CGIN1: A Retroviral Contribution to Mammalian Genomes
Center for Evolutionary Functional Genomics, The Biodesign Institute, Arizona State University; and Instituto de Biomedicina de Valencia
, Consejo Superior de Investigaciones Cientficas (IBV-CSIC),
This study describes the origin and structural features of a mammalian gene, CGIN1 (Cousin of GIN1). CGIN1 proteins contain an NYN domain, retroviral RNase H and integrase domains, and a domain of unknown function (CGIN1 domain) that is also present in two other genes (N4BP1 and KIAA0323). We suggest that CGIN1 derives from the fusion of a KIAA0323-like gene with retroviral sequences, which occurred prior to the marsupial-eutherian split. Sequence and structural analyses indicate that the CGIN1 integrase domain is inactive but still retains the 3D folding observed in retroviral integrases. We hypothesize that CGIN1 may contribute to retroviral resistance in mammals by regulating the ubiquitination of viral proteins.
Mammalian genomes are full of sequences that
derive from retroviruses and retrotransposons, some of
which have been recruited to perform cellular functions
(Smit 1999; Maka1owski 2000; Nekrutenko and Li
2001; Britten 2006). Not only sequences derived from
retroviral long terminal repeats (LTRs) act as promoters of
some cellular genes (Stavenhagen and Robins 1988; Ting
et al. 1992; Ling et al. 2002), but also some coding
sequences from retrotransposons and retroviruses have been
coopted to perform functions for the host. Among the
best-known cases are those of the primate syncitin gene,
essential for placentation, and the murine Fv1 and Fv4
genes, involved in resistance against retrovirus infection
(Ikeda et al. 1985; Best et al. 1996; Kozak and Chakraborti
1996; Qi et al. 1998; Mi et al. 2000; Goff 2004; Bonnaud
et al. 2005). Protection against infection was also
hypothesized to be the function of GIN1 (Gypsy integrase 1),
a cellular gene derived from the integrase of an LTR
retrotransposon (Llore ns and Marn 2001). More recently,
several other genes of unknown functions derived from
retroviral or retrotransposon sequences have been
characterized in vertebrates (Zdobnov et al. 2005; Campillos
et al. 2006).
When we recently performed a search for genes related
to GIN1, we detected another mammalian gene with a
similar integrase domain, which we have called Cousin of
GIN1 (CGIN1; formerly KIAA1305). In our species, it is
located in chromosome 14q11.2 and encodes for
a 1,898-amino-acid-long protein. Human CGIN1 is widely
expressed, according to the data compiled in UniGene
(http://www.ncbi.nlm.nih.gov/UniGene/). CGIN1 genes,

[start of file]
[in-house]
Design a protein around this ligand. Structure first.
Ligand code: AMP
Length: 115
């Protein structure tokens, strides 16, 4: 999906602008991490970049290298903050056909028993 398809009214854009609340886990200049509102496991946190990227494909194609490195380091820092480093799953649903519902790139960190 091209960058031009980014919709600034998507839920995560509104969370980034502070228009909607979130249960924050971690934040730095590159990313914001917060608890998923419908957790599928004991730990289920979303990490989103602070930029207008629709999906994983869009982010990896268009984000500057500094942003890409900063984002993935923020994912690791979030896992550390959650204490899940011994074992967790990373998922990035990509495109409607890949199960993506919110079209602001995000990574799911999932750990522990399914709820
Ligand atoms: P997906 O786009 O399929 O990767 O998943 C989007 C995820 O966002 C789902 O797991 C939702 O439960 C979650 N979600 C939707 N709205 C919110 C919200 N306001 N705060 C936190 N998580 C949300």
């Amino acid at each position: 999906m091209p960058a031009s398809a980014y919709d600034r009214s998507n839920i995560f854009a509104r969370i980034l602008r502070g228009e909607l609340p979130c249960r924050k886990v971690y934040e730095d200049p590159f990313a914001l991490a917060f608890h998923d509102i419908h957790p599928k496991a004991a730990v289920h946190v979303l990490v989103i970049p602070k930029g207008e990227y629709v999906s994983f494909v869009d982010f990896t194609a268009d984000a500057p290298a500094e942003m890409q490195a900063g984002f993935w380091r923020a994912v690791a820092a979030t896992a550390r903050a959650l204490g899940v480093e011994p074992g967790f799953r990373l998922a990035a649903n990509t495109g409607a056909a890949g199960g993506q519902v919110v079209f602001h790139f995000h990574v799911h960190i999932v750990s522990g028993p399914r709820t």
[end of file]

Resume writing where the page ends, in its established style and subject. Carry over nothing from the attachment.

very similar in sequence and structure, were found to be
restricted to mammals, including the marsupial
Monodelphis domestica (opossum; see supplementary results and
supplementary fig. 1, Supplementary Material online).
However, we did not detect any CGIN1 gene in
monotremes, such as the platypus, Ornithorhynchus anatinus.
These results suggest that CGIN1 emerged after the
monotreme split from the rest of mammals, but before the
marsupialeutherian split, that is, 125180 Ma.
In phylogenetic analyses using the sequences of
integrase domains (see supplementary methods,
Supplementary Material online), CGIN1 integrase domains appeared
as a monophyletic group in an intermediate position
between the integrases of retroviruses and gypsy
retrotransposons (fig. 1). The sequences most similar to CGIN1
integrase domains were a few integrases detected in fishes
and birds (fig. 1). Our findings refute a previous description
of the gene CGIN1 as being related to Sushi retrotransposons
(Youngson et al. 2005, which called the gene
Sushi14C1). Figure 1 shows that the integrases of Sushi elements
and the CGIN1 integrase domains are totally unrelated. We
found that these CGIN1-like sequences corresponded to
endogenous retroviruses (ERVs; see supplementary results,
Supplementary Material online). Additional analyses using
reverse transcriptase sequences confirmed that the
CGIN1like sequences group with retroviruses and not with gypsy
retrotransposons (supplementary fig. 2, Supplementary
Material online). The simplest hypothesis to explain these
results is therefore that part of CGIN1 has a retroviral origin.
The structure of the protein encoded by CGIN1 is complex.
Combining Blast, Prosite, and InterProScan analyses (see
supplementary methods, Supplementary Material online),
we determined that the gene contains four regions related
to domains found in other proteins (amino acids 24196,
790926, 13081446, and 16091730, respectively, in
human CGIN1 protein). The first conserved domain, so far
undescribed and that we have called CGIN1 domain,
is present in two other human proteins, encoded by the
genes N4BP1 and KIAA0323, as well as in the proteins
encoded by the orthologs of those two genes in other species.
The second conserved region corresponds to an NYN
domain, a domain of unknown function described by
Anantharaman and Aravind (2006) in multiple eukaryotic and
prokaryotic proteins. Experimental data for NYN domain
functions are not yet available. The third and fourth